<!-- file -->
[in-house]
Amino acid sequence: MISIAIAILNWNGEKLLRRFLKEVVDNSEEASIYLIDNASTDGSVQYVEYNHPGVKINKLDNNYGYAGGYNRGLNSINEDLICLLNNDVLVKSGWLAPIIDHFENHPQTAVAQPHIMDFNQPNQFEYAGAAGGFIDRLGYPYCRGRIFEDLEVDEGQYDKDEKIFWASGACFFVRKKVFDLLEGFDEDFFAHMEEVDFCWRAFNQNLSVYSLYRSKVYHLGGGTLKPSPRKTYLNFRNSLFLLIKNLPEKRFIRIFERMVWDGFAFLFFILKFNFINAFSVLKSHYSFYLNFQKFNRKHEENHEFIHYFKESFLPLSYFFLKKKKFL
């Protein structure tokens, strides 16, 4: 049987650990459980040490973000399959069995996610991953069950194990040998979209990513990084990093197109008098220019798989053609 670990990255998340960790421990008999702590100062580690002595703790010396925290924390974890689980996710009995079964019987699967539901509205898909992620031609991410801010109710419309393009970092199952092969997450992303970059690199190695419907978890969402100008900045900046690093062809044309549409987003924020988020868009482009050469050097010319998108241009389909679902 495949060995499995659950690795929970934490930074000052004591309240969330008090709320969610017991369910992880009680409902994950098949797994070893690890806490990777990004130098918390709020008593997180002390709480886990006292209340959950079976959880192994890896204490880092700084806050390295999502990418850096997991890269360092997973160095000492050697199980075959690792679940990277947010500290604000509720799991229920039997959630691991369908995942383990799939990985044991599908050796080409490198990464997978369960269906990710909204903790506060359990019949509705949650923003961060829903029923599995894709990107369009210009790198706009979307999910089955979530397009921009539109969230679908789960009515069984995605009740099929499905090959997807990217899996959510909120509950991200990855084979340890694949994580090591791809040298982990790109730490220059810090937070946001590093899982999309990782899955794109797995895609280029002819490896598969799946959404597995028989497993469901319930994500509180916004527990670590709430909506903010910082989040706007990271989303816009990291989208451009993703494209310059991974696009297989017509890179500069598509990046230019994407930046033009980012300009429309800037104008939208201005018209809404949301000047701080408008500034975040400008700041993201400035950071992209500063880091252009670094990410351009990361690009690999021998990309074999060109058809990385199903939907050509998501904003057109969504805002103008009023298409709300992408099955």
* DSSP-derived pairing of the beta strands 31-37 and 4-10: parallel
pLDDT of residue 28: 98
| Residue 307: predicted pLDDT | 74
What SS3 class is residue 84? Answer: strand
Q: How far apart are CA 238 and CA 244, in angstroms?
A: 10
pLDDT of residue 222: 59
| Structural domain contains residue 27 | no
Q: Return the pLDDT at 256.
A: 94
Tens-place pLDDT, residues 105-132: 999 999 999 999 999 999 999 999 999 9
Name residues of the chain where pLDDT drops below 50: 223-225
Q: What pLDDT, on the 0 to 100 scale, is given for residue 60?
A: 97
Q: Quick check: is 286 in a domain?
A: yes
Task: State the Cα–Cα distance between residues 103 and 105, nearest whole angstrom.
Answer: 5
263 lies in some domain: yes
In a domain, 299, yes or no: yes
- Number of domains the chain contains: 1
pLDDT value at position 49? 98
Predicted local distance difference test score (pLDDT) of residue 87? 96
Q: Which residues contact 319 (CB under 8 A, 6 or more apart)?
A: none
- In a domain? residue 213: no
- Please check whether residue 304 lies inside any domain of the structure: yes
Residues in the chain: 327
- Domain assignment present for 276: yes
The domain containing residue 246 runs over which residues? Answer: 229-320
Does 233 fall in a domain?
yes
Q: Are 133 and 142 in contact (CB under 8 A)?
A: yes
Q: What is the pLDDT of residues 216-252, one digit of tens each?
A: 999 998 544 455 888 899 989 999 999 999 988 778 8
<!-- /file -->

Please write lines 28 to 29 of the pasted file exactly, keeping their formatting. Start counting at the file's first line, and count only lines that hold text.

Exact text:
A: none
- In a domain? residue 213: no